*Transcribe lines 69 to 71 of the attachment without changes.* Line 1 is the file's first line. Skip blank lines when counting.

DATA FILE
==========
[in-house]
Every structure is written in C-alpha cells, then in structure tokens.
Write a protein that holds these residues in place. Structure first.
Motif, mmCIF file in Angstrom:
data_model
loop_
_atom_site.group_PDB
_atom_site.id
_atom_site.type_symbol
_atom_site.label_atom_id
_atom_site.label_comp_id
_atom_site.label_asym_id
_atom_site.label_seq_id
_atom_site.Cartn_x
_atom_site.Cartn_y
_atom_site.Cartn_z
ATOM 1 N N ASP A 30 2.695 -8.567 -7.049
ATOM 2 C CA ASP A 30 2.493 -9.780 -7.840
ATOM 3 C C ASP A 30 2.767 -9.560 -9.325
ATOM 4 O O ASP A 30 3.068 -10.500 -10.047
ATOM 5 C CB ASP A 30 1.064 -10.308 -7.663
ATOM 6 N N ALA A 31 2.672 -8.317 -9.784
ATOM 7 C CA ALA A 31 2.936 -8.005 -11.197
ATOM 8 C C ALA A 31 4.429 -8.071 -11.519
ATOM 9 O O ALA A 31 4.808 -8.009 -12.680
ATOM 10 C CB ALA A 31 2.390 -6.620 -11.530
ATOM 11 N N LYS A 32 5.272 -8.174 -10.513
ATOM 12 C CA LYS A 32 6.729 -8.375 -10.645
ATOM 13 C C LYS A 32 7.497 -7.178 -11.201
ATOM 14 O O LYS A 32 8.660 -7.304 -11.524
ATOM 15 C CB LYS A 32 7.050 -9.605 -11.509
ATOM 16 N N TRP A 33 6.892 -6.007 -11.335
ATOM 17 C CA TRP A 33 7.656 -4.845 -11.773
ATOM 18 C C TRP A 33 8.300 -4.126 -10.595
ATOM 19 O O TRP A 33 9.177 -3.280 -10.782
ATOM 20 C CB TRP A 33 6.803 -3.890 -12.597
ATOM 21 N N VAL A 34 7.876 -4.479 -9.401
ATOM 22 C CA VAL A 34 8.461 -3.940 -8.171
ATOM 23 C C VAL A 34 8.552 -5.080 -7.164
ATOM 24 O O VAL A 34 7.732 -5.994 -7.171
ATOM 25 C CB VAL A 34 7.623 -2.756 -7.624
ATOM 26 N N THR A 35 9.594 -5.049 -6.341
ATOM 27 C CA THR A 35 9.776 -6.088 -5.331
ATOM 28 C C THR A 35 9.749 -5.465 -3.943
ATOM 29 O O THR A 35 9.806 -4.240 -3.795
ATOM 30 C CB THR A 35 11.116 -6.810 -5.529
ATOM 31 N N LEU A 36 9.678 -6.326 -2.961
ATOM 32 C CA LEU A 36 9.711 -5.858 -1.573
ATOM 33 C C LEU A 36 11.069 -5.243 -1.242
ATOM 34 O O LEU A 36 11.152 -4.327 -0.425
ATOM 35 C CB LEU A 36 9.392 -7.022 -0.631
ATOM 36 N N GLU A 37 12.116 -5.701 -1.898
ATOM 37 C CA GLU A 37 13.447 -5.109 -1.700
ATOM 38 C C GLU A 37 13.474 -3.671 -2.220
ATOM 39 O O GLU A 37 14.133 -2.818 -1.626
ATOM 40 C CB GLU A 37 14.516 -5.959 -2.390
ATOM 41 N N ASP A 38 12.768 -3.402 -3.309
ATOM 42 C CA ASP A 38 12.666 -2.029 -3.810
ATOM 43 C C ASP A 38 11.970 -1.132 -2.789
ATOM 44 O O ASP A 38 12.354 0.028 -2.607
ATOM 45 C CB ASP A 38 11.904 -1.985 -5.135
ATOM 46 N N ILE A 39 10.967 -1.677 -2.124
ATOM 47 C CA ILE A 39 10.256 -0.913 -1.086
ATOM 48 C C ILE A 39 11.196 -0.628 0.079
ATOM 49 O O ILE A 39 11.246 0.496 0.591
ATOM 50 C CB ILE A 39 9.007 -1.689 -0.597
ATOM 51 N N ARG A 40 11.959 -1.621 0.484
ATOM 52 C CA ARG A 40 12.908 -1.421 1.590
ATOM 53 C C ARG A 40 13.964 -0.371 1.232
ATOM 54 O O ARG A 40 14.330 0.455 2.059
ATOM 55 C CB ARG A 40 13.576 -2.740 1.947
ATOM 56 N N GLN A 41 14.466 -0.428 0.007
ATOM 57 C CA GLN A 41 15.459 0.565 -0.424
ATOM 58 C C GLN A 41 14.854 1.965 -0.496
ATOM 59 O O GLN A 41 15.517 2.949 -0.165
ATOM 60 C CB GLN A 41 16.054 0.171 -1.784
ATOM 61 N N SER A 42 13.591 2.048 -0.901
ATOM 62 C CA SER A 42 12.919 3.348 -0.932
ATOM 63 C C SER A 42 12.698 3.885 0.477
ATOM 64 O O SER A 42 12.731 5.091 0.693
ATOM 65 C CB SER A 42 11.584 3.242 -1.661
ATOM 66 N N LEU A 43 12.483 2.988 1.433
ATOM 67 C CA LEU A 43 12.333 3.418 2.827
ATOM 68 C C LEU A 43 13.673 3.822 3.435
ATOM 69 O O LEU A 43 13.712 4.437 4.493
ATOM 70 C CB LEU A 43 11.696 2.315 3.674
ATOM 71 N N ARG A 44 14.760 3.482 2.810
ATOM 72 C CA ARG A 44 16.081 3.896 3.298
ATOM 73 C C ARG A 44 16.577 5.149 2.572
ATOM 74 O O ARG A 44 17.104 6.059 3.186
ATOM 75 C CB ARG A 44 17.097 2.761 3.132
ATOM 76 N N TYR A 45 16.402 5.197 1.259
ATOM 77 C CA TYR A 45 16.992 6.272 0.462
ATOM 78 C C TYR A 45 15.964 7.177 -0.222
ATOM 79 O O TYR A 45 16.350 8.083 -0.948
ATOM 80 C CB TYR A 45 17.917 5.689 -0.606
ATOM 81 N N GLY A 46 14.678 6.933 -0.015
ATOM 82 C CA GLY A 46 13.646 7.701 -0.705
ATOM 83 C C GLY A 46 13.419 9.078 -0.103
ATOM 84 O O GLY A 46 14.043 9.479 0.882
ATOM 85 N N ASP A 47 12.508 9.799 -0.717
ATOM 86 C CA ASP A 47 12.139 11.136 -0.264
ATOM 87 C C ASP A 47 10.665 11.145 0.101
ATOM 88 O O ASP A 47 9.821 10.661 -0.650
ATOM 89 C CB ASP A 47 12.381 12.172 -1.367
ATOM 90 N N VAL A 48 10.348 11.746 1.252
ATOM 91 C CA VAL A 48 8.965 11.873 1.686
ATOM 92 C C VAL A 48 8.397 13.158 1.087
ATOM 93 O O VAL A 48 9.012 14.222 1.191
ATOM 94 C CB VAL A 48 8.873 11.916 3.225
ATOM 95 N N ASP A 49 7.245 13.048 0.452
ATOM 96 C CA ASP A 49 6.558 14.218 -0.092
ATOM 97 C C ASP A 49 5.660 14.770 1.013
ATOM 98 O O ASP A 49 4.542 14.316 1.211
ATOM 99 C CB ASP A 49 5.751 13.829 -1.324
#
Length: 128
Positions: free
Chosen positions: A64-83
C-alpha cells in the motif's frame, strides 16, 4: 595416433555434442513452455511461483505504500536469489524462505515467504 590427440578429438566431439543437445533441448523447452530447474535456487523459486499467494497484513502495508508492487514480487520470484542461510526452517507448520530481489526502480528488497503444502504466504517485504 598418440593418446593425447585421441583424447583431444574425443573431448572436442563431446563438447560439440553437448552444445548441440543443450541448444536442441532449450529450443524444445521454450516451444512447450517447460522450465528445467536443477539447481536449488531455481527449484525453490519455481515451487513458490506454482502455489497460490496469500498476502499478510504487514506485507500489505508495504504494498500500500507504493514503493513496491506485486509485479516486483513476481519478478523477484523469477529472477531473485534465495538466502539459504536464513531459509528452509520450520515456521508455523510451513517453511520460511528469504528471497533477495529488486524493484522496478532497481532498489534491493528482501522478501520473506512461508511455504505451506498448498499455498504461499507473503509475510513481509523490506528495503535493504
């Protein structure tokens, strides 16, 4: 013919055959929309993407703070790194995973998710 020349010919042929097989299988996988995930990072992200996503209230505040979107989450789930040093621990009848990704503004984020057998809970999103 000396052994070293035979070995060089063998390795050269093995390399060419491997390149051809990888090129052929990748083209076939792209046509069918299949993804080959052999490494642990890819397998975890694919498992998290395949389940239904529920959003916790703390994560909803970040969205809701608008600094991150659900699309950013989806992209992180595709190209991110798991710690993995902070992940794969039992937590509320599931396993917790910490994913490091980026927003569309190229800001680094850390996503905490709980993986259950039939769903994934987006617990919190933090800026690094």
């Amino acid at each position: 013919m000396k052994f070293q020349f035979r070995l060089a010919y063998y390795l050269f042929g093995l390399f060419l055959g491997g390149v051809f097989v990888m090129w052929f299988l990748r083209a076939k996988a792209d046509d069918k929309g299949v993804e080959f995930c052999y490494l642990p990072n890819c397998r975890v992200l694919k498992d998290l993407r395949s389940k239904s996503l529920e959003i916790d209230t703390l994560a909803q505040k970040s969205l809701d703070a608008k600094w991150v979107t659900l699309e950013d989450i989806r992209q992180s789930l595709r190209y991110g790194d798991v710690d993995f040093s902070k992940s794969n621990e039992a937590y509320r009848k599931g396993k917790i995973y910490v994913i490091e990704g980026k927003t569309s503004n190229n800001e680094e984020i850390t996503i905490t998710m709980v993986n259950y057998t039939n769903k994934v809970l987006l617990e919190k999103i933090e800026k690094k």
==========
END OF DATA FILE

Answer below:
ATOM 53 C C ARG A 40 13.964 -0.371 1.232
ATOM 54 O O ARG A 40 14.330 0.455 2.059
ATOM 55 C CB ARG A 40 13.576 -2.740 1.947